Apple sued for gay emoticons in Russia

Дата: 25 September 2015
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The company may face suspension of operations in the territory of Russia or a fine of 1 million rubles.

According to Russian news website, the Interior Ministry department in Kirov region initiated administrative proceedings over emoticons, which, according to the law enforcement officers, violated the laws of Russia. The company has already received other complaints of alleged presence of LGBT propaganda, but they have never led to initiation of criminal or administrative cases.

The case was opened at the request of local lawyer Yaroslav Mikhailov. The grievance of the plaintiff caused the smileys in the new operating system iOS 8.3, some of which contain LGBT symbols. The smileys were sent for examination to the inter-regional office for forensic examinations. If the office confirms that smileys contain information harmful to the health and development of children, the Apple will have to pay a fine of 800,000 or 1 million rubles, or suspend operations in the territory of Russia.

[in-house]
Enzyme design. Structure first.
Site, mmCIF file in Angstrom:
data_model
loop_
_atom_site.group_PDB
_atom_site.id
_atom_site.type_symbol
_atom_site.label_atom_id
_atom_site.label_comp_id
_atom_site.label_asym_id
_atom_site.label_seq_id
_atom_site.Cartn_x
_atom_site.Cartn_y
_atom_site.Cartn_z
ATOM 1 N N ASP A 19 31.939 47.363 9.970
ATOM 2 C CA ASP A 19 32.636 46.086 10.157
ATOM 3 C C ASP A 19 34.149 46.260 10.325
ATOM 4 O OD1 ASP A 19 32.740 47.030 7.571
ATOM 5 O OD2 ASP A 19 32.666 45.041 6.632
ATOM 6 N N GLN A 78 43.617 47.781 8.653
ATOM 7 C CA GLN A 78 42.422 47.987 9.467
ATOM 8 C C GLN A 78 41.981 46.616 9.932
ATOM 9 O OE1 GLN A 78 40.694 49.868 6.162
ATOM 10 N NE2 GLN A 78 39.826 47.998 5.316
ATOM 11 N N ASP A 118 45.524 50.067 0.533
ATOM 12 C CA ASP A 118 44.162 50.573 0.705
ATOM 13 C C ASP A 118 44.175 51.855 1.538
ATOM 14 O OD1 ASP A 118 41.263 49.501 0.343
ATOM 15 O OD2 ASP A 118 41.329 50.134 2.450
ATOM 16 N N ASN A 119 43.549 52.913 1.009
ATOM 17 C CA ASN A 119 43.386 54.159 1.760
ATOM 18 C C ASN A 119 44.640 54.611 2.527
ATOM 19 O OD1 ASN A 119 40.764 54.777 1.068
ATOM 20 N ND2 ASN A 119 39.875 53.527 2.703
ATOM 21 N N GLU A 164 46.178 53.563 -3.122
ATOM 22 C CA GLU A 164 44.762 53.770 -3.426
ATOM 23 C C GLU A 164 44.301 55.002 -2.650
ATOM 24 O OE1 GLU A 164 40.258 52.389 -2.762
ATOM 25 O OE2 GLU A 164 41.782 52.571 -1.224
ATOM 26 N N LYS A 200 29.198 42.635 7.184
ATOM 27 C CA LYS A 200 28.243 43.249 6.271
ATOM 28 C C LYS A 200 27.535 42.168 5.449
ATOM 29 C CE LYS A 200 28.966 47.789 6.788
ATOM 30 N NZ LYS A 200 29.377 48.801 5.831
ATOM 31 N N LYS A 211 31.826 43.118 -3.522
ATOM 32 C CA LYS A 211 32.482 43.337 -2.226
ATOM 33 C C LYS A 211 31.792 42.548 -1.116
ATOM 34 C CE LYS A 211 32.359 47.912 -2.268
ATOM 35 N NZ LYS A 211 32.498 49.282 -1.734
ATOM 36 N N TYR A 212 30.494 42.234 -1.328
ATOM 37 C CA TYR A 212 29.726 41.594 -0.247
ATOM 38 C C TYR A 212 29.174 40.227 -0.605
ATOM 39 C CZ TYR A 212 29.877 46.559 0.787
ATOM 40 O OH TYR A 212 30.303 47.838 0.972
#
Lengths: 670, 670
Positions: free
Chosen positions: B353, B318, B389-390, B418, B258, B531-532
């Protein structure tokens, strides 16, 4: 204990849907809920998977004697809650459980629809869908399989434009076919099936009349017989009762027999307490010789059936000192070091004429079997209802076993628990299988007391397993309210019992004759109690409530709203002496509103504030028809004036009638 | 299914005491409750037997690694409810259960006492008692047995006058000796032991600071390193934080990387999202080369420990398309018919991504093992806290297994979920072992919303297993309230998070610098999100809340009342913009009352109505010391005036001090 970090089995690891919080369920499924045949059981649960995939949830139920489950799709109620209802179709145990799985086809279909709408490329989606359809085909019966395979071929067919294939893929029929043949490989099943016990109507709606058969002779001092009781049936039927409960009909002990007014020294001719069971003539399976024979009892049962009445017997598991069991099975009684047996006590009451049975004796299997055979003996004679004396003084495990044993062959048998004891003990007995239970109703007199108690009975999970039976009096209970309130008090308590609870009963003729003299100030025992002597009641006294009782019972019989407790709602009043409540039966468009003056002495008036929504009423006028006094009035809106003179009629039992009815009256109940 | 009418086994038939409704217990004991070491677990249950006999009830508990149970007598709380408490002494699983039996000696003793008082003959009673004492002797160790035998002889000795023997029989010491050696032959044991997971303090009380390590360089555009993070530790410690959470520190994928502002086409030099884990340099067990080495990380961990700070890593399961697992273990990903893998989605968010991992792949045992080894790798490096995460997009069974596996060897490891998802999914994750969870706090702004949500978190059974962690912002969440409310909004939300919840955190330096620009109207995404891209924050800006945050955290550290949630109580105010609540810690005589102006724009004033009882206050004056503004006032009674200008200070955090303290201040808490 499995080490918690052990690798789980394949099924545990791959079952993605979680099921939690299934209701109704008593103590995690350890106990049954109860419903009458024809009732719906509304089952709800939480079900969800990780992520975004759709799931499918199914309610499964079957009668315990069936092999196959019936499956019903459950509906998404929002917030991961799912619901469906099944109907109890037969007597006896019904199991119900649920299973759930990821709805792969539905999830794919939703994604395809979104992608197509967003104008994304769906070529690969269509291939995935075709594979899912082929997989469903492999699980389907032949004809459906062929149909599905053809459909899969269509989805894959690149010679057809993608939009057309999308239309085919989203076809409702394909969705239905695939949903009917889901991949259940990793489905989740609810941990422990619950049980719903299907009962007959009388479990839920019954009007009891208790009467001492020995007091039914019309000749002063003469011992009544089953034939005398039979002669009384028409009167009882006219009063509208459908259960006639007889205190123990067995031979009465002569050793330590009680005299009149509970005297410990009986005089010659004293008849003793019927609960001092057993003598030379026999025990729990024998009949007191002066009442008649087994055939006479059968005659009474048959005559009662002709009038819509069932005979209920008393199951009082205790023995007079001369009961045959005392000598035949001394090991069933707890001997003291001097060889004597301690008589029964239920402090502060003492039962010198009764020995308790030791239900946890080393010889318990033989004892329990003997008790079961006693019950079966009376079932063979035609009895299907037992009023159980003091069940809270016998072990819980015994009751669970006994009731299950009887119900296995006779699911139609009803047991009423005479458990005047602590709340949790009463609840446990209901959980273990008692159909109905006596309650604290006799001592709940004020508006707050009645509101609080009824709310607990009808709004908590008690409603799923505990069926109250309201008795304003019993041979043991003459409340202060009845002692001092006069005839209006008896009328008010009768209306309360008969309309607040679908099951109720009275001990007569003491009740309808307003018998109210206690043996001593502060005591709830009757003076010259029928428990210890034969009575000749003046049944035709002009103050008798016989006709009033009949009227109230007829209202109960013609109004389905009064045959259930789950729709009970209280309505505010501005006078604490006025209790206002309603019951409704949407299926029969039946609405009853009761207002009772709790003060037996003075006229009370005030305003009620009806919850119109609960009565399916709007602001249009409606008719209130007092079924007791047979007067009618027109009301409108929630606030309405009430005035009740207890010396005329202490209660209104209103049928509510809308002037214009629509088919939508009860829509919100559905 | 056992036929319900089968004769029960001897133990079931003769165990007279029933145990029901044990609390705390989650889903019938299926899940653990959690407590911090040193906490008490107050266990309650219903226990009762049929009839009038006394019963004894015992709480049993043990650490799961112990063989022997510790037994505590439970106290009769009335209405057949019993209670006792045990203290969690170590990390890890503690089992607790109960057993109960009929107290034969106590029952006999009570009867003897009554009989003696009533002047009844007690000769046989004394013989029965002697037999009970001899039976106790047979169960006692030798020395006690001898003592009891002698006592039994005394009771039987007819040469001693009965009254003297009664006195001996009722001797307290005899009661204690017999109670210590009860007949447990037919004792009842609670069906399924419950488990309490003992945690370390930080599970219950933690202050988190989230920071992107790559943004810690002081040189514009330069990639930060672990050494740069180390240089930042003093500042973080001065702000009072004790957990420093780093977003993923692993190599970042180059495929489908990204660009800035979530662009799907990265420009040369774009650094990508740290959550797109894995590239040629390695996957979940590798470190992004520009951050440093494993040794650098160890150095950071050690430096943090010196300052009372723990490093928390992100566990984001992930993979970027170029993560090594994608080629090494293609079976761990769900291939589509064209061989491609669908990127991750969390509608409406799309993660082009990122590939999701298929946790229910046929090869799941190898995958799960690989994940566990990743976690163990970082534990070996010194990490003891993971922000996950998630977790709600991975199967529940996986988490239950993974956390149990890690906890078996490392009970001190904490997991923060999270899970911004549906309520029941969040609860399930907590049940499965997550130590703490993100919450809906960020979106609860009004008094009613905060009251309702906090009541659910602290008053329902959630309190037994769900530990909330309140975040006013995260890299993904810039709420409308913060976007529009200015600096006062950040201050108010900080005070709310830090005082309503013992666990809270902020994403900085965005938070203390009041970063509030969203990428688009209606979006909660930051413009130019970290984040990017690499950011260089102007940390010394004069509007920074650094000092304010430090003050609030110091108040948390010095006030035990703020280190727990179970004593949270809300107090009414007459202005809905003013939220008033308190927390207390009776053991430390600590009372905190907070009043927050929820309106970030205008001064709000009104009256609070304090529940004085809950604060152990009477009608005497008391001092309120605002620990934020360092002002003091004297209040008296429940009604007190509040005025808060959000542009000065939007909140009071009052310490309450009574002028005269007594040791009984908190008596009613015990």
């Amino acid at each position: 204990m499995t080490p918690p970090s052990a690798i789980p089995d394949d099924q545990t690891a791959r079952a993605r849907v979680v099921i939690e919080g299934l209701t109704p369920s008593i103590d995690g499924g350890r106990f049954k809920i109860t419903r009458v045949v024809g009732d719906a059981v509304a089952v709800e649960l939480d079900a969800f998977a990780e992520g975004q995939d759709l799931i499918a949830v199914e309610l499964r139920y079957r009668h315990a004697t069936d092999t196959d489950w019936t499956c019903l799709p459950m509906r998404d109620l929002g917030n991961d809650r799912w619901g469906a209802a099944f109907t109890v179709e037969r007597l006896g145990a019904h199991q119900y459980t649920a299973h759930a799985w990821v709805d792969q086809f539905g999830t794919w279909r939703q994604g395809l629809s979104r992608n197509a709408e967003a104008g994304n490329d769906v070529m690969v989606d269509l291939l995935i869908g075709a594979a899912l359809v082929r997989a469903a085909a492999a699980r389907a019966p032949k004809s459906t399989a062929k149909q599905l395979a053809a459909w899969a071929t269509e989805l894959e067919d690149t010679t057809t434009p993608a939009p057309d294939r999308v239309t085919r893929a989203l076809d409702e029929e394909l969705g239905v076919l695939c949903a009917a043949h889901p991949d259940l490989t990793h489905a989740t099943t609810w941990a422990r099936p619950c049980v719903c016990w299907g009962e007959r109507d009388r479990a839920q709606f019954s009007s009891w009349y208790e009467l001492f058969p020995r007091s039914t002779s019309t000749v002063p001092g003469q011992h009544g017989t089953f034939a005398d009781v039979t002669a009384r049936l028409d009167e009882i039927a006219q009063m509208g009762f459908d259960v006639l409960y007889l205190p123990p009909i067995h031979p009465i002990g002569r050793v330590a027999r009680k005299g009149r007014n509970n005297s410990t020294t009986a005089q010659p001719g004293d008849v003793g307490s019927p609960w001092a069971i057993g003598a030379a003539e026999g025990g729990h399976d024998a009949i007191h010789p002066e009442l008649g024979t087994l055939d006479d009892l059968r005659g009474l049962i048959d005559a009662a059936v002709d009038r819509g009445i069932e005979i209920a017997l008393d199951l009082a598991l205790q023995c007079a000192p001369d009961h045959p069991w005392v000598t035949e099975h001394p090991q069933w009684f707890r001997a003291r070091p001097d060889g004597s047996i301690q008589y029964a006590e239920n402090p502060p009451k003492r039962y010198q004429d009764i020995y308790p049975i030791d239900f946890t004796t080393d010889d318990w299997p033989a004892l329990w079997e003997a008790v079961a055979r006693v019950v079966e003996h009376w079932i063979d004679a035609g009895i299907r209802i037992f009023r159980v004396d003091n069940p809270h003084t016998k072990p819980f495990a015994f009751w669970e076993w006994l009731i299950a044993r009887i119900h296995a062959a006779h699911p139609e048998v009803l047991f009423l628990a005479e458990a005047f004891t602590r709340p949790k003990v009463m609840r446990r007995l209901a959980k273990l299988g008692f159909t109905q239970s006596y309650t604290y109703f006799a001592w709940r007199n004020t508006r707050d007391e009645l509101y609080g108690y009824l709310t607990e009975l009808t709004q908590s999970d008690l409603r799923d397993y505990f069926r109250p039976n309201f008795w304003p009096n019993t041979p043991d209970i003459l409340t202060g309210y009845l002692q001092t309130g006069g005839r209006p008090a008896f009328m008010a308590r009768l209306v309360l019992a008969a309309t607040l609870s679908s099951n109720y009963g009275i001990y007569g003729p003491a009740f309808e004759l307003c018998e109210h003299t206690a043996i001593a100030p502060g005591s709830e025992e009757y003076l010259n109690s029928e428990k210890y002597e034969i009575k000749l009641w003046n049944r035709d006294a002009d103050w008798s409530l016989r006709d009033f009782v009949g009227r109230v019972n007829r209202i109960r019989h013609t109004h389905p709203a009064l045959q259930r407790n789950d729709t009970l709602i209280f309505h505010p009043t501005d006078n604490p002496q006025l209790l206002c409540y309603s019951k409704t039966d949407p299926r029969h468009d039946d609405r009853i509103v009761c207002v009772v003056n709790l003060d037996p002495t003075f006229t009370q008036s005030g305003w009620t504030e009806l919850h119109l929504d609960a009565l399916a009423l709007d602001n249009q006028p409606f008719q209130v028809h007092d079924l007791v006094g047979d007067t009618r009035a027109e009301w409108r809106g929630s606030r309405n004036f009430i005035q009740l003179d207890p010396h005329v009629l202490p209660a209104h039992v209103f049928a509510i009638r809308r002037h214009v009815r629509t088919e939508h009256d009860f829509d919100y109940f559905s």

Earlier, lawyer Yaroslav Mikhaylov sought compensation from Apple for overpricing of books in iBooks, organized a picket in front of the house of opposition politician Alexei Navalny, and complained to the Investigative Committee of the Russian Federation about the photo in Instagram posted by Ksenia Sobchak depicting her in the priest vestments and a fake beard. In addition, he did not like the actions of the Wikipedia Russian version, which had refused to comply with the requirements of the Russian Federal Supervision Agency for Information Technologies and Communications on blocking articles about cannabis.

Prior to him, notorious Russian MP Vitaliy Milonov complained to the Russian Federal Supervision Agency for Information Technologies and Communications and the prosecutor’s office about the smileys as he did not like the icons of same-sex couples who had appeared in the new version of iOS. Moscow lawyer Vsevolod Sazonov appealed to the court to protect the rights of consumers. He claimed that “the tolerant smileys” of Apple form suggestion of nontraditional sexual relations in the minds of teenagers. However, the court dismissed his lawsuit.

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